It might be hailing at this exact moment but it has finally happened. The signs of spring are here. The daffodils are out and I have stopped wearing socks. Still donning a wooly hat with a giant fur pompom and moth-eaten gloves but no socks. Given the winter we’ve had any little bit of brightness is greatly appreciated. It’s no wonder that the appearance of Seville Oranges in January or February has made such an impression on the English. Until very recently, I filed orange marmalade under peculiar British culinary fetishes, in the same box as Marmite and kippers. But also because of the bitterness. Bitterness is not my thing. Radicchio and endive make me unhappy. I don’t get excited by the very fashionable Angostura bitters that everyone else can’t seem to get enough of. Why should bitter oranges be any different? As it turns out marmalade does the bitter orange some favours and, unlike other jams, is multidimensional. Bitter and sweet. A combo I can live with.
The season for Seville Oranges is short. They appear in late January and disappear before the daffodils arrive. Like many things British, there is also the surrounding lore of an 18th century Spanish boat that ran aground in Scotland with a hold full of soon-to-be expired oranges that an enterprising grocer and his wife quickly swooped up and turned into marmalade. While true, this was nearly 300 years after the first appearance of Seville oranges in the UK. It was, however, the beginning of the commercialization of marmalade and the move from quince to Seville oranges; the word marmalade being derived from the Portuguese word for quince, marmelo.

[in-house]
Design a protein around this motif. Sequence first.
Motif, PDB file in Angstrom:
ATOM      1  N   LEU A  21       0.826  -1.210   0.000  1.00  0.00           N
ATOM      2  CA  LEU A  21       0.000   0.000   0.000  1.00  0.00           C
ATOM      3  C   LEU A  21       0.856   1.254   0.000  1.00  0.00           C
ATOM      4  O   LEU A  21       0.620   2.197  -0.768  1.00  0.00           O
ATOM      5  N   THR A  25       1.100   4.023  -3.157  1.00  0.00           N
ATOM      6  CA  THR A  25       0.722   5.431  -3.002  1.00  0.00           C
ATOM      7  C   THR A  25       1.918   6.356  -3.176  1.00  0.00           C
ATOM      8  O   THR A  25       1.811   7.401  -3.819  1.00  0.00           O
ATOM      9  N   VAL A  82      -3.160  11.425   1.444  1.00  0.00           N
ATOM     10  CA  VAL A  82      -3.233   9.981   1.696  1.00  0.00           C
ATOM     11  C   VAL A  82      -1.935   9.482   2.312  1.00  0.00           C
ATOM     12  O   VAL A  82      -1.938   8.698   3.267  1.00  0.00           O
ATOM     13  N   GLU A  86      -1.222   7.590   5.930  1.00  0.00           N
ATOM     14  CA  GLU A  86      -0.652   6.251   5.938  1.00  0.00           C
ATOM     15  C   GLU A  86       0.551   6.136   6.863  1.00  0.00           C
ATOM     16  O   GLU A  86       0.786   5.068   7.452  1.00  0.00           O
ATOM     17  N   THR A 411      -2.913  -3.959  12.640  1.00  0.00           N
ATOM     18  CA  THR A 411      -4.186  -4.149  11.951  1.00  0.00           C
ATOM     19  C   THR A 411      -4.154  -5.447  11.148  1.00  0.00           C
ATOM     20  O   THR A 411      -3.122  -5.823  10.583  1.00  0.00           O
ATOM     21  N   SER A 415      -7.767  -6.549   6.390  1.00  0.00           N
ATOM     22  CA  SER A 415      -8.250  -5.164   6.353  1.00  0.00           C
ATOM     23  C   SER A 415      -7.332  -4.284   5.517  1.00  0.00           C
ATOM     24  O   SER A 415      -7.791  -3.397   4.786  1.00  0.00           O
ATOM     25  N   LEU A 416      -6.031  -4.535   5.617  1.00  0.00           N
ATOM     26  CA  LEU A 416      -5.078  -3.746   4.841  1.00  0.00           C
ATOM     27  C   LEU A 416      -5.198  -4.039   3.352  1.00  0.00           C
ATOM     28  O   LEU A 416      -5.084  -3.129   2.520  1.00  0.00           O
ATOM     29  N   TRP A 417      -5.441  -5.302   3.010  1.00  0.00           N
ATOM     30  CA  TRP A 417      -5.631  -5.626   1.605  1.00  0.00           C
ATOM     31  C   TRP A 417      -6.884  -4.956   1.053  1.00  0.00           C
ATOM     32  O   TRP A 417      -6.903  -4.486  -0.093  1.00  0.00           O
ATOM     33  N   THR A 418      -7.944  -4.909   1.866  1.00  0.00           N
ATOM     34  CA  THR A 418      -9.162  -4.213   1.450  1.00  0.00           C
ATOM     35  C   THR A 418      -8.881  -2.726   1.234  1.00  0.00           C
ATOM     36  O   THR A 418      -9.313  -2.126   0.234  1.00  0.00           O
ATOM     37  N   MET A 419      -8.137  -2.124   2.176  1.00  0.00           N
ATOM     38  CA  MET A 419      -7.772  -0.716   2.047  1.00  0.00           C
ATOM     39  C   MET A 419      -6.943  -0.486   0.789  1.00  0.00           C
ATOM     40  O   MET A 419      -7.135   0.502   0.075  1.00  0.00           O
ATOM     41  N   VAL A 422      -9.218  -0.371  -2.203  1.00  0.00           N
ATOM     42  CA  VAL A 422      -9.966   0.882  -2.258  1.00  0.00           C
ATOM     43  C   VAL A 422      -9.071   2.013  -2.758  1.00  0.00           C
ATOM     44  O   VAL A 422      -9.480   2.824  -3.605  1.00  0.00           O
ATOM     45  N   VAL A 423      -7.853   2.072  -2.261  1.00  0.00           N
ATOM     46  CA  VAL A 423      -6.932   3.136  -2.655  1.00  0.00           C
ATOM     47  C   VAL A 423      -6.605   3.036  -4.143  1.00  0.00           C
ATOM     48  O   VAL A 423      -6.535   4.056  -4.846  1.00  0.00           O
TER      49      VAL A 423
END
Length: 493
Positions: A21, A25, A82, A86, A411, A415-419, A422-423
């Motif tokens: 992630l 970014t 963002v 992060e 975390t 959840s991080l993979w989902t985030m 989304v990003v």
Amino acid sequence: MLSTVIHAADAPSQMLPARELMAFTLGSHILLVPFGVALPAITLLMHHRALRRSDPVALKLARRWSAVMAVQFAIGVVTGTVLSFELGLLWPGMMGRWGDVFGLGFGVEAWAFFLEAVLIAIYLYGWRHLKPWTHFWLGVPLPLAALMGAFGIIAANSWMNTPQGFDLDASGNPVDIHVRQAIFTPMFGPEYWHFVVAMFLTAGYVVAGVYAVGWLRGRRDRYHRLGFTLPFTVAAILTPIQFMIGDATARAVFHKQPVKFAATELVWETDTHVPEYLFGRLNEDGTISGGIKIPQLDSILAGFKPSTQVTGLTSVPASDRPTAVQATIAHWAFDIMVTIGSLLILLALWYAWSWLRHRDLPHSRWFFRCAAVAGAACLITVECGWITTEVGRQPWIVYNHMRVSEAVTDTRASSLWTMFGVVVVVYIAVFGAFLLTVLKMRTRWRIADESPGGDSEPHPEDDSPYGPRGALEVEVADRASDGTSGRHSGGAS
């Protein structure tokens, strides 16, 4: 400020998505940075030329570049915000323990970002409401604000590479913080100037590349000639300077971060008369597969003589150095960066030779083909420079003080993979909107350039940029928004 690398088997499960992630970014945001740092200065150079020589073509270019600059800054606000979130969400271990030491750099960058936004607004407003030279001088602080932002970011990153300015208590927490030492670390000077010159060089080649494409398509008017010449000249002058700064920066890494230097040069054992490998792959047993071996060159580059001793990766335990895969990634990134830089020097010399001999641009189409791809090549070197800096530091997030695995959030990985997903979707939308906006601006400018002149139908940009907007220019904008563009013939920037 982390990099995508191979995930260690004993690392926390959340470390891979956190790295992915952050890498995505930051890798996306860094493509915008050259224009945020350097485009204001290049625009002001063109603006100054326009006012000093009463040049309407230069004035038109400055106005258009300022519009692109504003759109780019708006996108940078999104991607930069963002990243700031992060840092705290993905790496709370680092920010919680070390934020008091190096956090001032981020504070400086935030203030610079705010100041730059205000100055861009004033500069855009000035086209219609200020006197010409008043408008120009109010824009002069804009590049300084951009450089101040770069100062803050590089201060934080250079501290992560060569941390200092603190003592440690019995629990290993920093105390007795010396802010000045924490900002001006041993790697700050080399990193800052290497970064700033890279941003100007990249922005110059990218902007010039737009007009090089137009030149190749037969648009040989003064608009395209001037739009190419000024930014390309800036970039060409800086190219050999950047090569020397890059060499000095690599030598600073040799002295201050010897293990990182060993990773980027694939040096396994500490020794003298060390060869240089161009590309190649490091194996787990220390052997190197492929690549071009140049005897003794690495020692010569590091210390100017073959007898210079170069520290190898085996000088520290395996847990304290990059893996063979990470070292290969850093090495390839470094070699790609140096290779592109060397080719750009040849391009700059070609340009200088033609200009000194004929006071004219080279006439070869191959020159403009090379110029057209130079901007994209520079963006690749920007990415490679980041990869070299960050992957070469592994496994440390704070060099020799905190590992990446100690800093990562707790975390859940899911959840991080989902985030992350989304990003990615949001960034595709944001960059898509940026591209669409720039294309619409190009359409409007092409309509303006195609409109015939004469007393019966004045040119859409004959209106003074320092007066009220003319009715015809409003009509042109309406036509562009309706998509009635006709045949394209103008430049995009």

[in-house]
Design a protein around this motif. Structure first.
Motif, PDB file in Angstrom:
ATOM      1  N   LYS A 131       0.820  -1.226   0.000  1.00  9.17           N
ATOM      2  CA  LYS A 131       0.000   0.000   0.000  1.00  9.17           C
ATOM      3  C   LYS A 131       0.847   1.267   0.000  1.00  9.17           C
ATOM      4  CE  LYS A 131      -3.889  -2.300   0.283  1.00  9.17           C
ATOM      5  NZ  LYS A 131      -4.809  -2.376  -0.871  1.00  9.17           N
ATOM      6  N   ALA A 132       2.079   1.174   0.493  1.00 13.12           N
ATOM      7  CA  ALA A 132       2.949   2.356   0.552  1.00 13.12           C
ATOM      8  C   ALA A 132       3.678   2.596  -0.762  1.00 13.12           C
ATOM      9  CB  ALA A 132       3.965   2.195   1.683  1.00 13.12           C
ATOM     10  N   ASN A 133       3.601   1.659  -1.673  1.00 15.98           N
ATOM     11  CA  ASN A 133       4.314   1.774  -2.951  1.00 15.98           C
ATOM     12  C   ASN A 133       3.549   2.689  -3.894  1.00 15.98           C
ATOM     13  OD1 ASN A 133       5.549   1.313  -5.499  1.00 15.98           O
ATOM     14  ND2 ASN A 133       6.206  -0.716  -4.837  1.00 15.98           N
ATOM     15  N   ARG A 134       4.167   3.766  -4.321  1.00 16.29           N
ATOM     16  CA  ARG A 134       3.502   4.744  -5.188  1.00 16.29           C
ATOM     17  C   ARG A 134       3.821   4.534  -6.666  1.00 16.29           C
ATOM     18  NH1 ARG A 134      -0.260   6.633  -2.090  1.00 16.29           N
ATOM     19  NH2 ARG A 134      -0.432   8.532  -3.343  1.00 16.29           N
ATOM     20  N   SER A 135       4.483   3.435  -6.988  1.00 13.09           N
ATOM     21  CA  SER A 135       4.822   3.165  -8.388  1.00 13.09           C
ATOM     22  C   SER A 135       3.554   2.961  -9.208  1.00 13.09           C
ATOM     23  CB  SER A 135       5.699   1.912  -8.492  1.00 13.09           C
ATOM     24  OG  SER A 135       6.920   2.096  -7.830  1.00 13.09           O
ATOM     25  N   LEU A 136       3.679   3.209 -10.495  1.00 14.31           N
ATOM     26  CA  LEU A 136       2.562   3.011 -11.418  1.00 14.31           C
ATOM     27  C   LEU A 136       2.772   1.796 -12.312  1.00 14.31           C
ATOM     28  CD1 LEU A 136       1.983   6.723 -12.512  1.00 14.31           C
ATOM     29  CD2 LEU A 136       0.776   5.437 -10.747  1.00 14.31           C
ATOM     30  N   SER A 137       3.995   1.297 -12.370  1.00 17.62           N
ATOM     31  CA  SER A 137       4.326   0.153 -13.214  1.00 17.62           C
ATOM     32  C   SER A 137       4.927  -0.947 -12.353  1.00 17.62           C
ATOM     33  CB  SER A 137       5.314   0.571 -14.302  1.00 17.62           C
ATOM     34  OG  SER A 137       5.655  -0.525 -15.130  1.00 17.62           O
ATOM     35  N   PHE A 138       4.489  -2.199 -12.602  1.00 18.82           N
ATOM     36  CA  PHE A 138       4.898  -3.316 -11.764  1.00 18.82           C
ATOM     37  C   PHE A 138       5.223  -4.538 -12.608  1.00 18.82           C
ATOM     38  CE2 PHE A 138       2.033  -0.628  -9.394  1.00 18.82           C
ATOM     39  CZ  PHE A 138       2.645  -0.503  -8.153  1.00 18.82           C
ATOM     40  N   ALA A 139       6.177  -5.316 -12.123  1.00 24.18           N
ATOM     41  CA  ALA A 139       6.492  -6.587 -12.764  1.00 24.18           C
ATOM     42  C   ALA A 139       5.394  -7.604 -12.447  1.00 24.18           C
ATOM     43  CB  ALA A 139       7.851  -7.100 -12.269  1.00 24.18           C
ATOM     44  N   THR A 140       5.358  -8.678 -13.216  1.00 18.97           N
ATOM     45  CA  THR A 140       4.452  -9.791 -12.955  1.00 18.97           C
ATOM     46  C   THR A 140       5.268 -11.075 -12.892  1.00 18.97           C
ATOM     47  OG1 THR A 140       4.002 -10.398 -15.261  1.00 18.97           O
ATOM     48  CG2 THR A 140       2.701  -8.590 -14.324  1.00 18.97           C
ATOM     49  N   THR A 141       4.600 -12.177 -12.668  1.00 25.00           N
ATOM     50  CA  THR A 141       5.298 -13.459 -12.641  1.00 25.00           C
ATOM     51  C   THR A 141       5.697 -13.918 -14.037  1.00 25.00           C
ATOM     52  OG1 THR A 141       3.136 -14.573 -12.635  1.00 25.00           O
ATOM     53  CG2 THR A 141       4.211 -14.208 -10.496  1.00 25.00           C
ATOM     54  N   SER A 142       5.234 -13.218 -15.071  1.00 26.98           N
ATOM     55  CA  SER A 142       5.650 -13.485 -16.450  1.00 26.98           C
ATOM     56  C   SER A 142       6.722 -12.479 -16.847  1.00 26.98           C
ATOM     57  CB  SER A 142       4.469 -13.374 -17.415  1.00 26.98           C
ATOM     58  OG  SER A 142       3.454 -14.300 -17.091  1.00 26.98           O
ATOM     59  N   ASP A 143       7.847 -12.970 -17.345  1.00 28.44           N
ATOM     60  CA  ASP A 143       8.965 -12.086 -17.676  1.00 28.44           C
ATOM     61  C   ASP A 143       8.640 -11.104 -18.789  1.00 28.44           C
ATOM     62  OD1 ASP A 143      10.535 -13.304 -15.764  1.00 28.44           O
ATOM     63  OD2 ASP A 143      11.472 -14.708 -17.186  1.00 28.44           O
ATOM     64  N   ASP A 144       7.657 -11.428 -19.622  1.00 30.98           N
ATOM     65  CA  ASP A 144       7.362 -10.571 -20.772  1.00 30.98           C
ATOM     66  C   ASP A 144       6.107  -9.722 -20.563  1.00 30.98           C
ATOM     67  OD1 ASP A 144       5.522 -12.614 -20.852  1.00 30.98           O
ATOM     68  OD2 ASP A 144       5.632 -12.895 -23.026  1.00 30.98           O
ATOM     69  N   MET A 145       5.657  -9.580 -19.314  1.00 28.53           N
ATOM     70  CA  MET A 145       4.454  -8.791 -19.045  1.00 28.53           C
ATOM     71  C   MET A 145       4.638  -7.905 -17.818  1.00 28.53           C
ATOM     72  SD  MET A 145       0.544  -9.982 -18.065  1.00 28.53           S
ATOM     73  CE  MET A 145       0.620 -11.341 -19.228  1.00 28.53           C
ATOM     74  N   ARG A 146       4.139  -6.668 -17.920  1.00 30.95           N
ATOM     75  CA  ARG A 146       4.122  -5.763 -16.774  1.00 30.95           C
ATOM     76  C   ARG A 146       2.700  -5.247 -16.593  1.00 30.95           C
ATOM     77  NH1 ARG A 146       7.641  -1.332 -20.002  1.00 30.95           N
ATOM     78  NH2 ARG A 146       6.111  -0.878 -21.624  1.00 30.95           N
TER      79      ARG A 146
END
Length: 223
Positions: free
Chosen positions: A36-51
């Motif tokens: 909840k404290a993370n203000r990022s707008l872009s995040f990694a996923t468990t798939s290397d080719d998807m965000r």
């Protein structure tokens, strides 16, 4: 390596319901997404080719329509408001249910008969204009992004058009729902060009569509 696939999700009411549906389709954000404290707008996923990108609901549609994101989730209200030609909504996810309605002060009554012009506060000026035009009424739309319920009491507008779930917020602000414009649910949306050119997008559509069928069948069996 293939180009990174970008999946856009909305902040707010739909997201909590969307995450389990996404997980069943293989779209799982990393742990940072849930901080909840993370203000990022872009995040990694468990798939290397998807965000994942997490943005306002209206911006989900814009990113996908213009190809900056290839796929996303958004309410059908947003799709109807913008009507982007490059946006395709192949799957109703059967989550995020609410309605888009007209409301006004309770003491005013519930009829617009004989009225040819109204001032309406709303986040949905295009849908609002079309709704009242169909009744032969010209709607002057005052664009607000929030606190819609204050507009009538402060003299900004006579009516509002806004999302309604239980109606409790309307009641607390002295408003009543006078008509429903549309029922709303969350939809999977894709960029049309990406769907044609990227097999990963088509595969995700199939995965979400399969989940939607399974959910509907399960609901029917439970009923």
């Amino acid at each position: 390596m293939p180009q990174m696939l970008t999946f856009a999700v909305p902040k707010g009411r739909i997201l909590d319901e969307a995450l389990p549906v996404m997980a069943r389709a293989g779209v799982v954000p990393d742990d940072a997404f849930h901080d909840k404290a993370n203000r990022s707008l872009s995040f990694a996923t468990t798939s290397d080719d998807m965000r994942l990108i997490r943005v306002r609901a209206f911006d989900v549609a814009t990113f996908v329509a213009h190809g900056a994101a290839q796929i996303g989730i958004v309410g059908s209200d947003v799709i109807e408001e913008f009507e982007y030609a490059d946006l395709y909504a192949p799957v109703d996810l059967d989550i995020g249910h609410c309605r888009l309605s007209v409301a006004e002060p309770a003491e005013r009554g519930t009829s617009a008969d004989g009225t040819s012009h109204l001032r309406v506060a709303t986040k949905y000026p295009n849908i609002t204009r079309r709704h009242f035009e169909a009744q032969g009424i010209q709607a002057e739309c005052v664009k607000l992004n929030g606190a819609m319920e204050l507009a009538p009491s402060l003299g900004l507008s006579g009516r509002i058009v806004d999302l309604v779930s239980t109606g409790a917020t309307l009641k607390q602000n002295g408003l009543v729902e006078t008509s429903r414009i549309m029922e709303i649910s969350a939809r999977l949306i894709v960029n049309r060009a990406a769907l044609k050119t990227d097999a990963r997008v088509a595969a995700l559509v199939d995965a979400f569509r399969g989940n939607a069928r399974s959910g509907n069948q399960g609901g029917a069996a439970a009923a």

The recipe for marmalade is straightforward, 1 kg oranges, the juice from one lemon, 2.5 litres of water and 2 kg sugar. Makes around a dozen 200g/7 oz jars.
- Wash the oranges and remove any knobbly bits.
- Juice the oranges. Do not attempt to do this on anything less than an electric juicer, you will give up before you even start. I used the juicer attachment to my food processor.
- Sharpen your knife and slice the orange peel, I chose to slice it quite thinly
- Put the sliced peel, juice and water into a big bowl and all to sit overnight or up to 24 hours.
- Transfer the whole mixture to a heavy bottomed pan (I used my biggest Le Creuset) Bring to a boil and then simmer until the peel is tender, roughly 2 hrs.
- Stir in the lemon juice and the sugar, boil rapidly for about 20-25 minutes until the setting point is reached (more on that in a minute) then remove from heat and allow to cool before pouring into warm sterlised jars. Seal immediately.
The setting point is the point where syrup becomes jam before it becomes a solid. Make sense? There are a couple of ways to test for this. The first and most straight forward is the Temperature Test. When the temperature of the mixture reads 104.5 °C, the setting point has been reached. The other, and my preferred, method, as I don’t have a candy or preserving thermometer, is the Crinkle Test. The name is even good. For this test, drop a little jam on a cooled saucer, allow it to sit for a minute and then push it with your finger. If it crinkles you are good to go.
You don’t need many specialized tools for making jams or preserves apart from the jars but if there was one I’d recommend it would be the jam funnel. It’s really helpful for getting the stuff in jars and not everywhere.
The above recipe makes about a dozen jars so, needless to say, I am rather long Seville Orange Marmalade. If you’d like to purchase a limited edition 2014 jar you can contact me here or use the form below.